Canada's prime ministers: A day of honor
The Dominion Institute

  Saturday, Feb. 4, 2006

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Have your say - responses, Part 2

Here is what some visitors had to say about who their favorite prime minister is and why. You can find links to other responses at the bottom.

Part 1 • Part 2 • Part 3Part 4Part 5Part 6

To add your opinion, go to our submissions page.

Prime Ministers Day? What a horrible idea. Picture it if you will: Brian Mulroney Day. Our dear Queen would not be amused. For it has been said that the reason The Queen does not play political favourites is because, in Her Majesty's view, all politicians belong to the same class.
R. D. Scott

Prime Mininster's Day is a great and long overdue idea. However Canadian history has to get a few things straight; Sir John may be Canada's greatest prime minister but he isn't the first. That honour belongs to Sir Louis-Hippolyte LaFontaine in 1848. Sir John is the first post-Confederation prime minister. While we're at it let's change Canada Day to Confederation Day to more accurately reflect what happened on the 1st of July, 1867. Let's have a "Founders Day" in June to honor Cabot, Cartier, Champlain & Alexander Mackenzie.
Russ Gallant

I am a proud Canadian, now living and working in Taipei, Taiwan (NOT a part of China.) When I went home to Ontario for Christmas, I returned to Taiwan with some Canadian money. While paying for my coffee at my favourite coffee shop, I accidentally pulled out a Canadian $10 bill. The coffee shop owner asked me, "Is that the father of your country?" It was a natural question. Who else's picture would you put on a $10 bill. How could I, as a Canadian, explain to my Chinese friend, that although Sir John A. Macdonald was the first prime minister and the man who built Canada, he was not considered our national father. I didn't even want to get into the idea that we had several "Fathers of Confederation." In Taiwan,(officially known as the Republic of China) only two political figures appear on the currency: Sun Yat Sen and Chiang Kai Shek. Sun Yat Sen never saw his dream of a united China. Yet even in Communist China, he is honored as "the founder of modern China." Sun Yat Sen never lived in Taiwan. Still, here in the ROC, he is honored as "the father of the country" and his birthday is celebrated as a national holiday. Isn't it about time that we, as Canadians, did the same for Sir John A.?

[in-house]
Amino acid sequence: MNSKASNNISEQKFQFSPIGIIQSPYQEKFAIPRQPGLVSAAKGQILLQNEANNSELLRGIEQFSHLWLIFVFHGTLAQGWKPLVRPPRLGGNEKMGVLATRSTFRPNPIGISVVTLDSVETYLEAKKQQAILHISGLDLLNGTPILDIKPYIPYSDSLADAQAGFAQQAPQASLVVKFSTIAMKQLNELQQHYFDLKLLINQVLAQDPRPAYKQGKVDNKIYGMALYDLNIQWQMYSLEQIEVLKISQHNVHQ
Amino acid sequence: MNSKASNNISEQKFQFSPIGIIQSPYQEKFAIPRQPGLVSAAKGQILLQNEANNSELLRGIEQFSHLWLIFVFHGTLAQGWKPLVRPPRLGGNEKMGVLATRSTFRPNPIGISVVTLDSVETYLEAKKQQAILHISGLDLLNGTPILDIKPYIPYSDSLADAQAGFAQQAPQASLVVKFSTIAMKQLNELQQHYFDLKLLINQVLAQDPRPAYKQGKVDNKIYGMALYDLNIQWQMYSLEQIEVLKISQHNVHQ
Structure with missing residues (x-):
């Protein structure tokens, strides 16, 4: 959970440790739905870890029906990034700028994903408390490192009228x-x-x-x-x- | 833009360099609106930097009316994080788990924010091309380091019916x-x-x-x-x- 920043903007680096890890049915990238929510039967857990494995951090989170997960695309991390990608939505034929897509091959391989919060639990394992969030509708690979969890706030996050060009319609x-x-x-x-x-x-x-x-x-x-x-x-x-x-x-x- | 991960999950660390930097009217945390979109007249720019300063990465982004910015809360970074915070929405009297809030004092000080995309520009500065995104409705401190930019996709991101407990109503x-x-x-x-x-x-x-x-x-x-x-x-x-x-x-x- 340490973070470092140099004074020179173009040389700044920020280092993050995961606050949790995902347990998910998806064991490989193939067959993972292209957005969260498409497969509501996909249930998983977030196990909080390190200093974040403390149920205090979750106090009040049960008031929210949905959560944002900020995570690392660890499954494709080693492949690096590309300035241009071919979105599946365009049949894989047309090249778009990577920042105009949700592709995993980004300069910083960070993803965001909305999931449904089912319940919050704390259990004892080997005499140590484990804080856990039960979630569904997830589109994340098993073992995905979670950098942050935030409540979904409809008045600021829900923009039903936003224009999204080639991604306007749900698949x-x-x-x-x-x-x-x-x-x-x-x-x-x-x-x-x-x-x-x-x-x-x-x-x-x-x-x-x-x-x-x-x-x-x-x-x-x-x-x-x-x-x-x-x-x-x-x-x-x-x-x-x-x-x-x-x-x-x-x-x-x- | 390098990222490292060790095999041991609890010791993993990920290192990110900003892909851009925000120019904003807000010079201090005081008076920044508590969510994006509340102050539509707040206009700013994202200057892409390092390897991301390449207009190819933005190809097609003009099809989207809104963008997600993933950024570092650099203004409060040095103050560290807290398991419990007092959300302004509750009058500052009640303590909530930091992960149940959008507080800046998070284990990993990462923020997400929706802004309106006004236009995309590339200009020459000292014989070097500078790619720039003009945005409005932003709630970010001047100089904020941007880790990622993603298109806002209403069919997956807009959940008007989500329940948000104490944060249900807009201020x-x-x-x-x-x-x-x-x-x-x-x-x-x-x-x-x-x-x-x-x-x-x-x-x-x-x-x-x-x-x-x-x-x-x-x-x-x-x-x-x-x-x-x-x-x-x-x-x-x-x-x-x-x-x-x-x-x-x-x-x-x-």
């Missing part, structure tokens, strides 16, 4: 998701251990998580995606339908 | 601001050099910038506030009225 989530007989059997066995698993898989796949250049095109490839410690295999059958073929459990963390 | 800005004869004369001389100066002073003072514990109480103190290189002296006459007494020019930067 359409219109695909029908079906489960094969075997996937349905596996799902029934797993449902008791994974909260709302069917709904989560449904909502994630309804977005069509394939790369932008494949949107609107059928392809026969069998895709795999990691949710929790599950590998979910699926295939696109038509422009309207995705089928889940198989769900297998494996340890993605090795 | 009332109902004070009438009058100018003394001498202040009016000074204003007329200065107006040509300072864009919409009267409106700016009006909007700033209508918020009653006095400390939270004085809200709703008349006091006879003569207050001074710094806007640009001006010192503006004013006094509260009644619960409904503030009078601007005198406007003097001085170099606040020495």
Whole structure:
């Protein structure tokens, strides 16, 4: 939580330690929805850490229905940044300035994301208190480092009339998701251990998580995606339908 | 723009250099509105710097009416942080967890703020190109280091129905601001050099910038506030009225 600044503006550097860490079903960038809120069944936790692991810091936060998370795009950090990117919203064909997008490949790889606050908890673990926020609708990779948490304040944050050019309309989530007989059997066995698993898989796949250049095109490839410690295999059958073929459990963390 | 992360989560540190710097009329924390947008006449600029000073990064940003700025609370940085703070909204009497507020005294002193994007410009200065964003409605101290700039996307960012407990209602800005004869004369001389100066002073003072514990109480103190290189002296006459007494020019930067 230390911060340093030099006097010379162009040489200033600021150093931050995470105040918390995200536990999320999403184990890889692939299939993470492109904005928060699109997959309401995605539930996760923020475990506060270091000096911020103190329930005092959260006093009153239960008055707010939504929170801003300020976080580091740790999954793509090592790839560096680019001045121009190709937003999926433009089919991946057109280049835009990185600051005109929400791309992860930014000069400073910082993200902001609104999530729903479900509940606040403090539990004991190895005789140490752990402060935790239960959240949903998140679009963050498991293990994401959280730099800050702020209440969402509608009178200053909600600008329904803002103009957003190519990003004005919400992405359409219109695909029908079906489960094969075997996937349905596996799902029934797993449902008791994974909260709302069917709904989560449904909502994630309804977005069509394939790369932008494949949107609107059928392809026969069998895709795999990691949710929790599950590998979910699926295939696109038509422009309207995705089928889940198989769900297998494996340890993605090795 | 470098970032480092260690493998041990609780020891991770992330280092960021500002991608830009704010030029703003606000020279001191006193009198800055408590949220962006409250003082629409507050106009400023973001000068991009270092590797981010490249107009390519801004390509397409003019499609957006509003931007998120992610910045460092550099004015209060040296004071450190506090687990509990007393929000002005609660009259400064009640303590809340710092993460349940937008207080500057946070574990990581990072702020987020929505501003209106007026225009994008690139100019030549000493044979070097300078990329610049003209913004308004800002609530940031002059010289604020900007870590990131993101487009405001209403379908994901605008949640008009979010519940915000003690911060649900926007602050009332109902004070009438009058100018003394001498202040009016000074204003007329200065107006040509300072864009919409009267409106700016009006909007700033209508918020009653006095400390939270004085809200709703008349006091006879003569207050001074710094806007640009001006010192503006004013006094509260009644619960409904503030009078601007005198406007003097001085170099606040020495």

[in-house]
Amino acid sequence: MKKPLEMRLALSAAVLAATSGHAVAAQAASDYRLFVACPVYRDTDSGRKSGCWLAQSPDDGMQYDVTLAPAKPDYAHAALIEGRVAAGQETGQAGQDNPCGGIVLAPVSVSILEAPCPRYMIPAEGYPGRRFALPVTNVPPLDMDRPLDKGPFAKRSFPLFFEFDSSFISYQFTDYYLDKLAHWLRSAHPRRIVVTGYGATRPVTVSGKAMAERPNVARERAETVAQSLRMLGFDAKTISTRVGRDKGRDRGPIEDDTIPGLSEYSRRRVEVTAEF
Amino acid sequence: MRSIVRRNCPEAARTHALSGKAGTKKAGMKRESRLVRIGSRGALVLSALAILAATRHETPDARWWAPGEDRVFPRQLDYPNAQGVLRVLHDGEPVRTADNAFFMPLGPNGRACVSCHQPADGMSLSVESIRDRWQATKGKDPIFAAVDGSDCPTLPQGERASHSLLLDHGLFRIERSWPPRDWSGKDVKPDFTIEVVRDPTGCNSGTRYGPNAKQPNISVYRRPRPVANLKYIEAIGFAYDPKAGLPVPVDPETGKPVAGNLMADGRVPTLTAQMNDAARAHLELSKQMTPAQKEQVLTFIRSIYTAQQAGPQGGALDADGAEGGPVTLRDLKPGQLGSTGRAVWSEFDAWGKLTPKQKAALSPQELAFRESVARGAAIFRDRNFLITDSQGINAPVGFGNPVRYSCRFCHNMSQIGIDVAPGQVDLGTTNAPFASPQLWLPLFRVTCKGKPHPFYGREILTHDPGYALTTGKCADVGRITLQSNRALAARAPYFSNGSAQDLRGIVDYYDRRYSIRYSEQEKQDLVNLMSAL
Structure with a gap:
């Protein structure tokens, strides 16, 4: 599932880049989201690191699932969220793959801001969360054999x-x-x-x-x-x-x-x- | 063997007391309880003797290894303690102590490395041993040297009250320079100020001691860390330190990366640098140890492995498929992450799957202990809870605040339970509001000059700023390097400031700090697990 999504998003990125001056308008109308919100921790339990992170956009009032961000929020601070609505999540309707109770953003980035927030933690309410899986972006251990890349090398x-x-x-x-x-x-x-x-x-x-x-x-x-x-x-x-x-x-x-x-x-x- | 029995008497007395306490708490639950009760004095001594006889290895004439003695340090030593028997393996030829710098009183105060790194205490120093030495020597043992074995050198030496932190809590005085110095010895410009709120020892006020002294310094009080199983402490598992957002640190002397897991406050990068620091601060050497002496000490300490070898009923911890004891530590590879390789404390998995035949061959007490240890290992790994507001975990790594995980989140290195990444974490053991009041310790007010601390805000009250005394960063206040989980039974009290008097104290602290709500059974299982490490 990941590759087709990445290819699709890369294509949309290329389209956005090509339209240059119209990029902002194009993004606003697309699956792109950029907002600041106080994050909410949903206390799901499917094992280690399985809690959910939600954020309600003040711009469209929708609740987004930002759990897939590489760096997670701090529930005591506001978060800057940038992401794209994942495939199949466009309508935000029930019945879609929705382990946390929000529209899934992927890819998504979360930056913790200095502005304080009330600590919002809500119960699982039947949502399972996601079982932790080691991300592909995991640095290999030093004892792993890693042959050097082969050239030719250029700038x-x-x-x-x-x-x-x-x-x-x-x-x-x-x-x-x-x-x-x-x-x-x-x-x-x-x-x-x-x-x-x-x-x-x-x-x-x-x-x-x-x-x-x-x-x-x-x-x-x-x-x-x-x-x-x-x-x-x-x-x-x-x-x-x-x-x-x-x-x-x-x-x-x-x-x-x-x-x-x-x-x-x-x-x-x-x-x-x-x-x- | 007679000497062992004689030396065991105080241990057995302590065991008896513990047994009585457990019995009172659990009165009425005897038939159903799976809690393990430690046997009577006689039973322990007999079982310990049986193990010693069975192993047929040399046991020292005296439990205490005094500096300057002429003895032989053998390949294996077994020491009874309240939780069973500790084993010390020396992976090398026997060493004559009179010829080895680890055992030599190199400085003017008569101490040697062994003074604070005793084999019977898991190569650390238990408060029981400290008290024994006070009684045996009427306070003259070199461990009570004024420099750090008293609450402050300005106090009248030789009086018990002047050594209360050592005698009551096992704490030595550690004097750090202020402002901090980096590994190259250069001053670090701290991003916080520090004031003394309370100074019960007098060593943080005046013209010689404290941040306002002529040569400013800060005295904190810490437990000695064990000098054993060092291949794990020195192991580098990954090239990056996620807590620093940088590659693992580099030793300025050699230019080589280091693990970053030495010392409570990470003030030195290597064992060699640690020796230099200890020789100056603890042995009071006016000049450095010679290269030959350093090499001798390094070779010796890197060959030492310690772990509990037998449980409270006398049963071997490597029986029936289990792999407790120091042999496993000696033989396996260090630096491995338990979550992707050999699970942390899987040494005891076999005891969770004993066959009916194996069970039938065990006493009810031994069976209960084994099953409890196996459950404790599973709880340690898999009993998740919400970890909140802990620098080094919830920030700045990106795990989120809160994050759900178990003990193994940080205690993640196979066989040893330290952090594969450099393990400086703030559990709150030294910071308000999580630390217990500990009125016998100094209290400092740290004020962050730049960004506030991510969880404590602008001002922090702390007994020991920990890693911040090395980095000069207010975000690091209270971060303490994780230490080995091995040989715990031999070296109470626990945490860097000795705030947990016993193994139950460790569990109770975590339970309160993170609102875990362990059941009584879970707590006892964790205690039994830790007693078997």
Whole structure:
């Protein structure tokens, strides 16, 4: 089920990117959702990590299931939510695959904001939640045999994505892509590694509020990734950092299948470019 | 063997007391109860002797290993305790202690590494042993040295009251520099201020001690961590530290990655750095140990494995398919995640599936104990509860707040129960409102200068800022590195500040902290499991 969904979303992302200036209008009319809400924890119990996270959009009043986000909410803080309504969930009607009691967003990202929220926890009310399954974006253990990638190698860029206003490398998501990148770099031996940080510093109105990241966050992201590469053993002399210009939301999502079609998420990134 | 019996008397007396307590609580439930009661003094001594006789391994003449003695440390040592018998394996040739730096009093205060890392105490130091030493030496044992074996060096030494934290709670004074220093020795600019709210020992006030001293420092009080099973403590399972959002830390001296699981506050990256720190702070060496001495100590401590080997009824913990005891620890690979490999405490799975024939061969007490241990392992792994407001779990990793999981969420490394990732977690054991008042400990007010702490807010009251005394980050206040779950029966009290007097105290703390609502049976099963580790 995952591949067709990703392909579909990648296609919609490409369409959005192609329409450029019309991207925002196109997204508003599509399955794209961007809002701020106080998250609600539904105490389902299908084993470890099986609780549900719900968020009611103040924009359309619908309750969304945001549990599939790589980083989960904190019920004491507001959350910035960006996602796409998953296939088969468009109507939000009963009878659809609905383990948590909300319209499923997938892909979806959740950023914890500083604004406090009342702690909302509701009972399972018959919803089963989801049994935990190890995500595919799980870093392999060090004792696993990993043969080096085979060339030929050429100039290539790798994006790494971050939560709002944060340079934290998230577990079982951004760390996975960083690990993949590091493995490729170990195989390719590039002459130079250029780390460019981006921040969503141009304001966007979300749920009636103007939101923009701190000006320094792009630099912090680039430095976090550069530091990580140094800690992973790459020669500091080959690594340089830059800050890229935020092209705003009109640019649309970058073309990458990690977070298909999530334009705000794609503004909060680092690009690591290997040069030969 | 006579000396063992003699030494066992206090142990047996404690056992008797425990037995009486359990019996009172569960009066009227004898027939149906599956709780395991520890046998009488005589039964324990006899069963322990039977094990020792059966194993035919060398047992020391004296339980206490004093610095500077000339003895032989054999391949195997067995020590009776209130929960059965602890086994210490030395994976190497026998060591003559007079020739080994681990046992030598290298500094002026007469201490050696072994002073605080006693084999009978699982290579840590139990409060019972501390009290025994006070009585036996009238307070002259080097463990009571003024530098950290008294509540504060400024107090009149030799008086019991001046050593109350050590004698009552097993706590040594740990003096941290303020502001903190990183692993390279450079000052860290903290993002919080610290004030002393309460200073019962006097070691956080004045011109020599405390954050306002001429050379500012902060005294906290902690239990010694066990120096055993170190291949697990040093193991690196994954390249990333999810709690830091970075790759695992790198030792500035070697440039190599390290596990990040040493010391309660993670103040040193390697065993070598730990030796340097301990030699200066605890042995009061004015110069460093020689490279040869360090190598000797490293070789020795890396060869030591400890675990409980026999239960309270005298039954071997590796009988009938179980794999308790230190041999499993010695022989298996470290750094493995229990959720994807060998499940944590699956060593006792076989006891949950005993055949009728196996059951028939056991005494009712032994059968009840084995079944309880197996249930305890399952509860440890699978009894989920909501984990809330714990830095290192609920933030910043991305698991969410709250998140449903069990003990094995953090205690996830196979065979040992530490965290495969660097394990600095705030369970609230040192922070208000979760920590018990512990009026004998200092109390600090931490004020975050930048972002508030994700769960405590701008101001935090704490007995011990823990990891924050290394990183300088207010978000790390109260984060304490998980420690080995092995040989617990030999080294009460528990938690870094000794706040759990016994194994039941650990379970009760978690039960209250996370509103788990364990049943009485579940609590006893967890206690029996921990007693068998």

Stephen A. Nelson
Taipei, Taiwan (ROC)

Creating a new public holiday to honour dead Canadian Prime Ministers is a tremendous idea. Canadians could use a day off in February to help us get through the long stretch between the New Year and Easter breaks. Canadians could also benefit from learning more about their history and this day could be used for such a purpose.
Ken Van Aalst

I am replying to the poll regarding the creation of a public holiday to honor our past Prime Ministers. I personally think that it is a very good idea. So very often Canadians have no knowledge of our past and how and by whom we are all living here. A noted holiday would arise an acknowledgement of those that have lead our country in the past. I however, do not agree that the holiday should focus on one. A holiday that would bring attention to all past Prime Ministers would be best. Even though certain ones have had more of an impact or may be perceived as being more important than others, they all, collectively, should be celebrated and looked back upon as stepping stones for our present and to our future.

There should only be a Sir John A. Macdonald day rather than honouring all of the country's former prime ministers. Why are we in Canada so afraid to honour greatness or is it that one political party has been in power so long that their views of great personalities have become the acceptable view? Why should there be more 'talk' of Louis Riel who at the time of his death was an American citizen, than the founder of the country? Why is the CBC devoting four hours to a miniseries of Trudeau (plus various other hours previous) when it will take a number of years to evaluate his impact both positive and negative on the country? Yes it is definitely time for our history teachers to be given more classroom time to acquaint Canadians with past Prime Ministers and their part in the making of the country.